I’d encourage you to go back and read those fear stories if you happened to miss them, if only to better understand what happened next.

First, half of the guys dropped out of the contest. A couple of them had unrelated reasons to do so, but a few sat down to write about their greatest fear and quickly realized they weren’t in a healthy enough mental state to really see their stuff posted on the internet. Frankly, just spending time thinking about it and maybe even jotting down a few ideas was an excellent exercise for all of us. I was able to convince a couple to go ahead and post their stories, and I’m really glad they did. Because of their strength, more men reached out to me – unsolicited – to send in their greatest fear stories. They were impacted by what they’d read and wanted to give it a try. Because of that, “When It Rains, It Pours” was shared.

So where are we going to go from here?

It’s a great question, and I’m glad I asked. I met with some close friends – some awesome men full of wisdom and discernment – and asked them that question. Their answer, in a nutshell? Keep going.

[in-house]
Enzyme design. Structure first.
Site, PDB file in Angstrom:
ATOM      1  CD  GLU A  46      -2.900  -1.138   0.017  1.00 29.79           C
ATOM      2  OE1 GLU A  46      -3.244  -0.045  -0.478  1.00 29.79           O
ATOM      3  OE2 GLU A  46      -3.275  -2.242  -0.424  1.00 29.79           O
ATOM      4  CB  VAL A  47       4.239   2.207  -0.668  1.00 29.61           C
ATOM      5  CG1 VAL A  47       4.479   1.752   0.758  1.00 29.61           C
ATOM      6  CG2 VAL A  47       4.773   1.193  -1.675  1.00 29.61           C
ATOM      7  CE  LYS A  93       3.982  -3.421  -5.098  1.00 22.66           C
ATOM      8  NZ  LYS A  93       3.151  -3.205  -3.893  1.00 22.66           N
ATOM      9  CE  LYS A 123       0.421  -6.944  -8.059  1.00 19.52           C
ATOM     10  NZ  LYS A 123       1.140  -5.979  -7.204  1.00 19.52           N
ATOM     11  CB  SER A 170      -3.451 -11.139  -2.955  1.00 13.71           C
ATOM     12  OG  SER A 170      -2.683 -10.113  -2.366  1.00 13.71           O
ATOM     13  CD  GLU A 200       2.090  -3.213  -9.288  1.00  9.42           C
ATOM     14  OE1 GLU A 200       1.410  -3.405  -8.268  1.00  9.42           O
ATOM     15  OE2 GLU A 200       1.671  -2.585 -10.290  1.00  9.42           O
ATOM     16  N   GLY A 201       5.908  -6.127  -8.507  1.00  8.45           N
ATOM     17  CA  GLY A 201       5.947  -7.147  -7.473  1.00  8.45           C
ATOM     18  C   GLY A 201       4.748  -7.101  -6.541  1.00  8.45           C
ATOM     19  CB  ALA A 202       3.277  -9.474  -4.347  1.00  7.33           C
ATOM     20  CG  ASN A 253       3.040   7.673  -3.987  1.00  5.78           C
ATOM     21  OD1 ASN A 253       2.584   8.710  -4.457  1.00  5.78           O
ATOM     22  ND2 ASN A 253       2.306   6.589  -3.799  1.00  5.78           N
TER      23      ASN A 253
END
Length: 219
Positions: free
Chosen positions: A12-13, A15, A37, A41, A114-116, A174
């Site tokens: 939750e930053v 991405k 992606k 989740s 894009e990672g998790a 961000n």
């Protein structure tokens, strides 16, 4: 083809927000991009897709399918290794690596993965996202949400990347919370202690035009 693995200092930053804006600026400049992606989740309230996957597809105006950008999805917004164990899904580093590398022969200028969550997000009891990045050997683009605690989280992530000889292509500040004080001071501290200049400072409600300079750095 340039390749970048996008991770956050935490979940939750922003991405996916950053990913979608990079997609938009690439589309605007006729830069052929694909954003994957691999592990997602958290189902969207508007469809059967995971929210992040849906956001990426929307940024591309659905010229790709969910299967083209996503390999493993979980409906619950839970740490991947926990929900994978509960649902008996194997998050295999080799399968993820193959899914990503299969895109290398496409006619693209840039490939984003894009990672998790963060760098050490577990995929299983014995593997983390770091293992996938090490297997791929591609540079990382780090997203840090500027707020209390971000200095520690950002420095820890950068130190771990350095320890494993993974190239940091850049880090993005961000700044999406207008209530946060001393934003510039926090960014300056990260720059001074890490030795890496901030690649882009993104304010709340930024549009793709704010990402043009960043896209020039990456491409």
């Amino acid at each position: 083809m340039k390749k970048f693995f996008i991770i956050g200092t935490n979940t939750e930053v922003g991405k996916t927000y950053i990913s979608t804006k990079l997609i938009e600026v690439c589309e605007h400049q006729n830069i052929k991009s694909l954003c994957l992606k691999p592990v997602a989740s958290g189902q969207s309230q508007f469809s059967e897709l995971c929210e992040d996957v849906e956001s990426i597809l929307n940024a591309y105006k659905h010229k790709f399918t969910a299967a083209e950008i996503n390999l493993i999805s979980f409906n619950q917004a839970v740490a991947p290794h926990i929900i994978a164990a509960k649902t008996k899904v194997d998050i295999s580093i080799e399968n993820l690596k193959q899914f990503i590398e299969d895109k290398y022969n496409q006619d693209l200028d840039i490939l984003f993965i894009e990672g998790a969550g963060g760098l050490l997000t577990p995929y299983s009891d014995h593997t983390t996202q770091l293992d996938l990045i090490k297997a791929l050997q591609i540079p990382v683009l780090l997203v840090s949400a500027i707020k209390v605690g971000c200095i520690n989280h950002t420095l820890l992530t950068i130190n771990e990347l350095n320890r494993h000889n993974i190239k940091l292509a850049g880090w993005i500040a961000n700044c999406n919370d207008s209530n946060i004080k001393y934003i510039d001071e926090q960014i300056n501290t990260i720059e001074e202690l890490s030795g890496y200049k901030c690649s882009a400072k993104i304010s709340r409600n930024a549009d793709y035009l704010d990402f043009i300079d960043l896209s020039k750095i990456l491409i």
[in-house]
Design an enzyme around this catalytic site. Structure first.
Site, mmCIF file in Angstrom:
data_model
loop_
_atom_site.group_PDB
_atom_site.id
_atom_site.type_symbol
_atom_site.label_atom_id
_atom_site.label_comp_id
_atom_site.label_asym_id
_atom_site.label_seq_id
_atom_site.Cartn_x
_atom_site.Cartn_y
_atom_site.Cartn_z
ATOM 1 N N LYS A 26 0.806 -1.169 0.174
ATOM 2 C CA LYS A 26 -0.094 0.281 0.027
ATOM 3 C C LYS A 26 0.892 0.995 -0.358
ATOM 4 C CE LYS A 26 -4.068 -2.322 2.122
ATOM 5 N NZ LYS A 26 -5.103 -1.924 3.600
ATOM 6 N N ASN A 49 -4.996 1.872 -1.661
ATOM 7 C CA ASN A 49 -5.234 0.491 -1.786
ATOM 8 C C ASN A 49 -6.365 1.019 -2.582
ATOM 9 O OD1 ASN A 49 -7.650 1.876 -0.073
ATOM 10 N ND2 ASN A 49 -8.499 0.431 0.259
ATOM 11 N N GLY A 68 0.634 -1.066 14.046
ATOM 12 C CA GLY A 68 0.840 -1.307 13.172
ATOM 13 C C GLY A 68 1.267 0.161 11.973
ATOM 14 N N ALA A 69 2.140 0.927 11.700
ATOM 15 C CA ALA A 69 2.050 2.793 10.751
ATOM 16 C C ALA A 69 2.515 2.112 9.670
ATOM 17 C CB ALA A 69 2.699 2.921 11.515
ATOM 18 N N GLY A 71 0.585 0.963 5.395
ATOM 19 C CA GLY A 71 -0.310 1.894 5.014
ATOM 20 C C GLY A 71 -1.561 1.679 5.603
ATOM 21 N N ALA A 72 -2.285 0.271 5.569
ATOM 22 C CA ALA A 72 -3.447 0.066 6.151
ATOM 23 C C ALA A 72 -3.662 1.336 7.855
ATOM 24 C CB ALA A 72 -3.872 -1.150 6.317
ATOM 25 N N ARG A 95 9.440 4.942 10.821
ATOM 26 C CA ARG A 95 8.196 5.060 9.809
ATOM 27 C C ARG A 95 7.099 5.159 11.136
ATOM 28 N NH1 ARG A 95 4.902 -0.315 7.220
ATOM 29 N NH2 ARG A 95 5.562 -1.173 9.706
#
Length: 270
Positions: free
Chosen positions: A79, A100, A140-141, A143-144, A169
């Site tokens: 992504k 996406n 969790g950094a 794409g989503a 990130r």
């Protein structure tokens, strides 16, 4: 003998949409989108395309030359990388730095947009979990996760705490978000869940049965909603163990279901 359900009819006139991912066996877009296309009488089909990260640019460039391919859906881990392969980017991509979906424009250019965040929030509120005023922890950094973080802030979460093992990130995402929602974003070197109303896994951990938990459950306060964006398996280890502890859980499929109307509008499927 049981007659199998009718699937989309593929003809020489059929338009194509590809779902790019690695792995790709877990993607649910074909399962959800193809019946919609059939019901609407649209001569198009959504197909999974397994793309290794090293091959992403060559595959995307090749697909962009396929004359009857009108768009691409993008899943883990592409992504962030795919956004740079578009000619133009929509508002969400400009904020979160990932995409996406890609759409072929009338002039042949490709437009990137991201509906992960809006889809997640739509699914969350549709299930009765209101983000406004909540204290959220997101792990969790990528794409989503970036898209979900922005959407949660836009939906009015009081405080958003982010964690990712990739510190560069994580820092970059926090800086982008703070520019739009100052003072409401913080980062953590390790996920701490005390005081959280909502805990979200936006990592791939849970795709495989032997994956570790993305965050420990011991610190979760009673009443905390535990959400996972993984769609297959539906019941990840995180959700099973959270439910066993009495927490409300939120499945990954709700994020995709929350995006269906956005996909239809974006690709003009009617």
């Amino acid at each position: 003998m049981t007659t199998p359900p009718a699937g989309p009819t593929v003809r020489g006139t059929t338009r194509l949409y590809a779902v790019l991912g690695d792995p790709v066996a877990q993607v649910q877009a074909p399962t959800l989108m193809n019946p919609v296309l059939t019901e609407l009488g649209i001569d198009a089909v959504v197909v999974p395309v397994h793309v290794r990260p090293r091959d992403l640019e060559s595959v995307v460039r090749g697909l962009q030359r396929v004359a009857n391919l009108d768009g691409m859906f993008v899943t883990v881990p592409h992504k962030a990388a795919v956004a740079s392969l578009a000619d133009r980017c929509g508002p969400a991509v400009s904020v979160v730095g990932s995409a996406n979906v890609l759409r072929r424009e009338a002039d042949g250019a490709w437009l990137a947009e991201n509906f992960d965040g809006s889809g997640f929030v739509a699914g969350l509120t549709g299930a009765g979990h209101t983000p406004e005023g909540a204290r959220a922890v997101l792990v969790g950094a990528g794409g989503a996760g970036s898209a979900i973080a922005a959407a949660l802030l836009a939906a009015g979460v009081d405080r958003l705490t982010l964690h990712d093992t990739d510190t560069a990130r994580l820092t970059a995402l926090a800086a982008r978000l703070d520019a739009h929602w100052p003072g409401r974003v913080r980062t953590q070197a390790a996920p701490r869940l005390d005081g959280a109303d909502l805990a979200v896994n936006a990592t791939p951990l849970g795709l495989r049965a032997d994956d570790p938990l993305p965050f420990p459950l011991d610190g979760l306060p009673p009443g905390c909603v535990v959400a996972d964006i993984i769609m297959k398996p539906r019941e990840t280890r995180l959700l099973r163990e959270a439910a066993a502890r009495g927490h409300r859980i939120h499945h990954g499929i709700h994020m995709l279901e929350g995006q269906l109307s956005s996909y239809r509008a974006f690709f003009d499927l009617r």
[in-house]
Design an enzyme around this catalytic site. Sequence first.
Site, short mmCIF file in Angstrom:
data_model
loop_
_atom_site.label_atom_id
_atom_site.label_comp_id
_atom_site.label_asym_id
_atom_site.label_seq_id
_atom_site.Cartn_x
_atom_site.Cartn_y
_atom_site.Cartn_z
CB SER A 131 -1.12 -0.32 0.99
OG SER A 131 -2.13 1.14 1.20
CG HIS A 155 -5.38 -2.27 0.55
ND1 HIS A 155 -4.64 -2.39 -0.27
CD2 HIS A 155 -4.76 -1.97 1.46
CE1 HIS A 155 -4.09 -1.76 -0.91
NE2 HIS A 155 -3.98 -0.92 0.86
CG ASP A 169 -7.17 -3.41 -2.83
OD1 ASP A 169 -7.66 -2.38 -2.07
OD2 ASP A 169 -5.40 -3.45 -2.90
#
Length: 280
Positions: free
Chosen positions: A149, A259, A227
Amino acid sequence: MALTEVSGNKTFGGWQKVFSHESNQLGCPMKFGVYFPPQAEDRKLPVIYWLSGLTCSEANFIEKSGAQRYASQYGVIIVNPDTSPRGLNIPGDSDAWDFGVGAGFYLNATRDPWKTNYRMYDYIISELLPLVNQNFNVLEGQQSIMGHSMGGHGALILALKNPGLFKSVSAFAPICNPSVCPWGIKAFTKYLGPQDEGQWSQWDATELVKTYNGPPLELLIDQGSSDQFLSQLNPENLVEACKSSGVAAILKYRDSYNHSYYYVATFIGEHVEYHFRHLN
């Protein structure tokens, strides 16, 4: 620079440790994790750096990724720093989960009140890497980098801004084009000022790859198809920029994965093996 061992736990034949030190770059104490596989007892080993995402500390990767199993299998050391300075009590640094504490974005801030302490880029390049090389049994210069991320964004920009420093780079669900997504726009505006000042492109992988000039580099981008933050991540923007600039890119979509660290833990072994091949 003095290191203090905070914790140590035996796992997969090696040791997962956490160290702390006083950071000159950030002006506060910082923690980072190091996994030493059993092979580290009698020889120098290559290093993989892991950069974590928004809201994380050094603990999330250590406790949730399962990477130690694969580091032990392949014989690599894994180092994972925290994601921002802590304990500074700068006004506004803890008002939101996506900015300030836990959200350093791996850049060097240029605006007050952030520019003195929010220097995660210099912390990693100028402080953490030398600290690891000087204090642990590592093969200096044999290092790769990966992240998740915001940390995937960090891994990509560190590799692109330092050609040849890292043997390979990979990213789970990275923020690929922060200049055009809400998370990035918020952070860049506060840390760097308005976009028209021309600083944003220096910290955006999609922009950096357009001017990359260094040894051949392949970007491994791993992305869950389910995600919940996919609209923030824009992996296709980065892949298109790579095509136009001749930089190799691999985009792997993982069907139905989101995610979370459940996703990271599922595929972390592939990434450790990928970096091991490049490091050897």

Um. Thanks?

Long story short, I lucked into something with TMWC. I wish I could say this was the plan all along, but I’m simply not that great of a visionary. The contest helped me realize there are more men out there who want to share their stories. And not just about fears, but about success, futility, fatherhood, marriage, careers, patience, etc. That’s why I started the site in the first place. “Telling stories, learning lessons”. My secondary goal to “bring people together through great story-telling” can be even more successful if I open this up to more perspectives from more people. So, that’s what I’m going to do.

You may have noticed a new header on the menu – “Submit A Story“. I won’t spend time explaining it here (just click the link if you’re curious), but essentially, I’m inviting others to share their stories on TheMuggo.com. You can write it, or I can write it. Either way is fine, but the important part is sharing what’s on your mind, because others can relate and could possibly learn from you.

If you’re the least bit inclined to do something like this, I would love to have a conversation with you. What lesson have you learned recently that you think others could benefit from? What topic is important to you that you’d like to bring awareness to? What is something you remember from a long time ago that you now smile and shake your head at? How many sentences in a row can I end with a preposition?